The U.N. peacekeeping force sent an escort of ten Belgian peacekeepers to her home before 3 am the following morning; they intended to take her to Radio Rwanda, from where she planned to make a dawn broadcast appealing for national calm. Uwilingiyimana's house was further guarded by five Ghanaian U.N. troops, who were stationed outside. Inside the house, the family was protected by the Rwandan presidential guard, but between 6:55 and 7:15 am the presidential guard surrounded the U.N. troops and told them to lay down their arms. Fatally, the blue berets ultimately complied, handing over their weapons just before 9 am.
Seeing the stand-off outside her home, Uwilingiyimana and her family took refuge in the Kigali U.N. volunteer compound around 8 am. Eyewitnesses to the inquiry on U.N. actions say that Rwandan soldiers entered the compound at 10 am and searched it for Uwilingiyimana. Fearing for the lives of her children, Uwilingiyimana and her husband emerged; both were shot and killed by the presidential guard on the morning of 7 April 1994. Her children escaped and eventually took refuge in Switzerland. In his book, Me Against My Brother, Scott Peterson writes that the U.N. troops sent to protect Uwilingiyimana were castrated, gagged with their own genitalia, and then murdered.
In his book Shake Hands with the Devil, U.N. commander Roméo Dallaire writes that Uwilingiyimana and her husband surrendered themselves to the genocidaires to save their children, who stayed successfully hidden in the adjoining housing compound for employees of the United Nations Development Programme. The children survived and were picked up by Captain Mbaye Diagne, a UNAMIR military observer, who smuggled them into the Hôtel des Mille Collines. They were eventually resettled in Switzerland.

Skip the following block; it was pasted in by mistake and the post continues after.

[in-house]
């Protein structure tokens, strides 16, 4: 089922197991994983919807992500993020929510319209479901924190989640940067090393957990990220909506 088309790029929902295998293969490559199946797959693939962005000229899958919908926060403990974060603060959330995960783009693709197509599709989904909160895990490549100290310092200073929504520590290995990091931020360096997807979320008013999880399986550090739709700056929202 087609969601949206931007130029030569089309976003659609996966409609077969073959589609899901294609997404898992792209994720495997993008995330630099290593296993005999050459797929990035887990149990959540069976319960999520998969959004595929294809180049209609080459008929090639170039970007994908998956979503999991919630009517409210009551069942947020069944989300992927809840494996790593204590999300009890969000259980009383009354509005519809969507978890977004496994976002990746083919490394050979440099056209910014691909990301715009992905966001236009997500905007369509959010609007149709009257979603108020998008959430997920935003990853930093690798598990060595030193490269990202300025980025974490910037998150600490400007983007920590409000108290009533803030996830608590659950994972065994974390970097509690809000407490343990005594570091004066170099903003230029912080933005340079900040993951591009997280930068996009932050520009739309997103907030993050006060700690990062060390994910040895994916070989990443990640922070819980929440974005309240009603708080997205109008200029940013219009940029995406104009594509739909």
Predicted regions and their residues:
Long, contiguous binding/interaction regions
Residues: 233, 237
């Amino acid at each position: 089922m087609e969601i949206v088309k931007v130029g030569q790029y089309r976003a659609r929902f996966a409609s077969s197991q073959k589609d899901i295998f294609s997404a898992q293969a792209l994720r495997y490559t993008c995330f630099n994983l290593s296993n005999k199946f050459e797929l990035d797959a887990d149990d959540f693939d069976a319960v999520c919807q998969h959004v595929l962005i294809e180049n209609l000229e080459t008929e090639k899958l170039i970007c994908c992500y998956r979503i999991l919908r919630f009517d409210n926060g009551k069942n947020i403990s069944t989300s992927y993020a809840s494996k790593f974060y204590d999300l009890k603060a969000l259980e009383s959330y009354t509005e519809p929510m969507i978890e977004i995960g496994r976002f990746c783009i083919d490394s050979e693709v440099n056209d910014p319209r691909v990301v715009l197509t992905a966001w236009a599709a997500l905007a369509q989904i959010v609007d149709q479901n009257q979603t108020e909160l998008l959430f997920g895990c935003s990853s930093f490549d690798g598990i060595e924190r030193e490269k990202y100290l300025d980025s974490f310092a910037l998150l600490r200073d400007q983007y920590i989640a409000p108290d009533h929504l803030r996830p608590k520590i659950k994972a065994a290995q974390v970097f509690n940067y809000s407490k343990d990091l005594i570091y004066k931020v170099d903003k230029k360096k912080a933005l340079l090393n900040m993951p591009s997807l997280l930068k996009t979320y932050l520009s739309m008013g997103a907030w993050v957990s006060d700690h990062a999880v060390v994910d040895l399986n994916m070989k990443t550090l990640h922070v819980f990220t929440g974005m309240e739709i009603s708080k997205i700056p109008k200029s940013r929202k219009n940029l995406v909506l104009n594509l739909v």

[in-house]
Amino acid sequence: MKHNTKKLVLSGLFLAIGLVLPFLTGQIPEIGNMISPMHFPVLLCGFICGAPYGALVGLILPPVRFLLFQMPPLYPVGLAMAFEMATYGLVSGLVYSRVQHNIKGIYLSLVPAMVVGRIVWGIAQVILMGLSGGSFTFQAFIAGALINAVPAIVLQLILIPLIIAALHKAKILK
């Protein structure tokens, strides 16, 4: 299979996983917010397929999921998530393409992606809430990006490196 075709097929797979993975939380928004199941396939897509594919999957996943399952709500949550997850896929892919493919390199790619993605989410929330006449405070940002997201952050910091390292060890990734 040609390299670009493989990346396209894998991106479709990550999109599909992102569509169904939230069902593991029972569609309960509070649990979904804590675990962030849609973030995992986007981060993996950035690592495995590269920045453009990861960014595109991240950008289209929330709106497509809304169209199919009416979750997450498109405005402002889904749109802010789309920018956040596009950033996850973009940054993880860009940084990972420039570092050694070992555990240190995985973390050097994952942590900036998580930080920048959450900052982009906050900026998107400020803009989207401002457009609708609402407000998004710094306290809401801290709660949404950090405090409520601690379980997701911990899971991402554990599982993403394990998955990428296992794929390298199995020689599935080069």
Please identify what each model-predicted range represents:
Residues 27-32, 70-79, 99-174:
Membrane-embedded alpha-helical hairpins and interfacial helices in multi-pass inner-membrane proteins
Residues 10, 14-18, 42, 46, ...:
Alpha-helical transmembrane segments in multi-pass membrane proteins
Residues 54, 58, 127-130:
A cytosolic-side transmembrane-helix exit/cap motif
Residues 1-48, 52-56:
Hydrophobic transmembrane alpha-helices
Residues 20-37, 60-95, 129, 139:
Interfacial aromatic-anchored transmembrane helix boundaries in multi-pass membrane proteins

Major Bernard Ntuyahaga was indicted by the International Criminal Tribunal for Rwanda (ICTR) for the murder of Uwilingiyimana and the U.N. peacekeepers, but the charges were dropped. He was eventually convicted of murder of the peacekeepers. On December 18, 2008, the ICTR found Colonel Théoneste Bagosora guilty of genocide, crimes against humanity and war crimes and sentenced him to life imprisonment, in part due to his involvement in the murders of Uwilingiyimana and the Belgian peacekeepers.
Though short, her political career was precedent-setting as one of the few female political figures in Africa. She was contemporaneous with Sylvie Kinigi, Prime Minister of Burundi. As a memorial to the late Rwandan Prime Minister, the Forum for African Women Educationalists (FAWE) established The Agathe Innovative Award Competition. The award funds educational and income generating projects aimed at improving the prospects of African girls. One of FAWE's founding members was Agathe Uwilingiyimana.